RMT to take tube safety campaign to Euston passengers after fire detection failures and calls for urgent inspections at all sub-surface stations

TUBE UNION RMT is to leaflet rush-hour passengers at Euston station this Wednesday morning over cuts to safety and safety-critical jobs following revelations that fire detection systems at the station failed last month creating the potential for a major disaster that was only avoided by the actions of a vigilant member of station staff.

RMT also confirmed today that it has written to London Underground requesting that all fire detection equipment at sub-surface stations be inspected within the next 72 hours under Section 12 Fire Regulations which were introduced after Kings Cross.

The Euston fire, which has close parallels with the Kings Cross disaster in 1987 one stop up the line, was caused by mechanical friction in the closed chamber underneath an escalator igniting accumulated dust and grease.

Fire detection systems failed and the smoke was spotted by staff members who activated the manual evacuation procedure and closed the station averting a potential disaster. RMT is pointing out that it’s those very staff who are among the 800 jobs that are currently under threat from Boris Johnson’s cuts and which are subject to a current ballot for industrial action which closes on Wednesday – 11th August.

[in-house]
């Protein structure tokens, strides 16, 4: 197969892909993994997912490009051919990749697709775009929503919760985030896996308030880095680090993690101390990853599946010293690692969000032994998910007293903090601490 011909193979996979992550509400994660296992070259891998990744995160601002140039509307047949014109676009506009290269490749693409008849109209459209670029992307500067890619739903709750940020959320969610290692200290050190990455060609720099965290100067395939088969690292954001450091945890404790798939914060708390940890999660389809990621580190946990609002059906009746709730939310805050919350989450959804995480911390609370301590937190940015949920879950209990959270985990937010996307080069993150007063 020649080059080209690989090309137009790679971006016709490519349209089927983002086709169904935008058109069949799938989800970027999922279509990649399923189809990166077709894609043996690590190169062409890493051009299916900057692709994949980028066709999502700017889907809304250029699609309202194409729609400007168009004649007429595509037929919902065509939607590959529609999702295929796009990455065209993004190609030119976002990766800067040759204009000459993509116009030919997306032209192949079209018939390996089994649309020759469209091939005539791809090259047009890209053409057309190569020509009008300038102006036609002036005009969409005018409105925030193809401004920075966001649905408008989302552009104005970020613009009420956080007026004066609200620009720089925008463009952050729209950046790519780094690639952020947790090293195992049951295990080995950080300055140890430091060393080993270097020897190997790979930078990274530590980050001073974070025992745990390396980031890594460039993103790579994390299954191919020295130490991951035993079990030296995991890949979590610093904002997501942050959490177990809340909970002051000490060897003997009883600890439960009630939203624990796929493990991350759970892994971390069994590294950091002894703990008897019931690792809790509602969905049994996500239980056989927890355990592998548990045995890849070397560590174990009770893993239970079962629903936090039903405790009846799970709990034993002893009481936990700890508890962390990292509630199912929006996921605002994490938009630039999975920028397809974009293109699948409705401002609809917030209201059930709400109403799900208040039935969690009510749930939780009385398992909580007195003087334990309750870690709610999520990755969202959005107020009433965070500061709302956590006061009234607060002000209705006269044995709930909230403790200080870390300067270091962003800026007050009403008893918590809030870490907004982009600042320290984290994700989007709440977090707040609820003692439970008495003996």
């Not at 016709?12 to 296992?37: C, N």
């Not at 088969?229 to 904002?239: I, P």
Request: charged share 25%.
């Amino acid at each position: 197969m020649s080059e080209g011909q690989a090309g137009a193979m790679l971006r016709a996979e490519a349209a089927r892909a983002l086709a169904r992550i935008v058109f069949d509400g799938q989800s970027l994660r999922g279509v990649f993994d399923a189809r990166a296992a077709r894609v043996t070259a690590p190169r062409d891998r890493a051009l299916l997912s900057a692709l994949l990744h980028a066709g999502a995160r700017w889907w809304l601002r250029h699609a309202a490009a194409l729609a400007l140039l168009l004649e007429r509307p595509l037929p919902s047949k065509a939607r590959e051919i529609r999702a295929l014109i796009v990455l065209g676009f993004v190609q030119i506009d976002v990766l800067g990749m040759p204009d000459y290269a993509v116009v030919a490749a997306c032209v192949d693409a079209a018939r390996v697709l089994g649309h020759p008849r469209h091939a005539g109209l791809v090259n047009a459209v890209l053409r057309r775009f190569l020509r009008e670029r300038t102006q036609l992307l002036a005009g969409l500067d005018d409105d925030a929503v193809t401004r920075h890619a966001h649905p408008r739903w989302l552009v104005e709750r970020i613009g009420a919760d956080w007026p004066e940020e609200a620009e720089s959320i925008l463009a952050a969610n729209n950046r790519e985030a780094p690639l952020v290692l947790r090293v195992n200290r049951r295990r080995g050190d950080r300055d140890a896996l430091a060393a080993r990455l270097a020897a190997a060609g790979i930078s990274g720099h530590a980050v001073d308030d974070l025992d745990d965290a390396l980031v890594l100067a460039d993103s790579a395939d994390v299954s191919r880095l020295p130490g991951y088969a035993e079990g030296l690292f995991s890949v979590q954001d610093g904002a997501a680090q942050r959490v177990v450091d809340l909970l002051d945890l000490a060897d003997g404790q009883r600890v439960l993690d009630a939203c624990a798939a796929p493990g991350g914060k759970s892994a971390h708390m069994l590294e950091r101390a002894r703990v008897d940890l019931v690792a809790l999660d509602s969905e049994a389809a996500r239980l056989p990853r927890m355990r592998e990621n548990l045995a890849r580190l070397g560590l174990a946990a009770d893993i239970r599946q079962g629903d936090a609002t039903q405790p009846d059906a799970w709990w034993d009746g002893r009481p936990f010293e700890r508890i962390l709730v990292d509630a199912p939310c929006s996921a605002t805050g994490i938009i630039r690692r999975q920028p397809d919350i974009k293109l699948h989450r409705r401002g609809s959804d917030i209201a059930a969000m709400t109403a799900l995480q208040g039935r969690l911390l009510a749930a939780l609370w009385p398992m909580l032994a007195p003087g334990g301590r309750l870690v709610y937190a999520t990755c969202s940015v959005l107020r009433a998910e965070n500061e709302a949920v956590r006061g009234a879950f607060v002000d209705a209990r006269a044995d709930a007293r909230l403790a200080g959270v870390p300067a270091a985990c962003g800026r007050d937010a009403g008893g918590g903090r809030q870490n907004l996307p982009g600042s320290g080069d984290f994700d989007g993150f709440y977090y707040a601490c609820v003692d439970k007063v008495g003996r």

Another fire alert was again raised by tube station staff last Friday in the morning rush hour at Oxford Circus where an air conditioning unit ignited and was spotted by staff members who safely evacuated the station.

RMT General Secretary Bob Crow said:

The two recent fire incidents at Euston and Oxford Circus show once again that it is vigilant and trained staff at station level who are critical when it comes to spotting potential danger and activating emergency evacuation procedures – yet these are the very staff that TfL are looking to axe in a cull of 800 tube station posts.

If anyone wanted a clear example of why we are currently balloting for action over the axing of safety-critical tube jobs they need look no further than the role played by staff at Euston and Oxford Circus. If those station staff hadn’t been on duty we could have had major disasters on our hands.”


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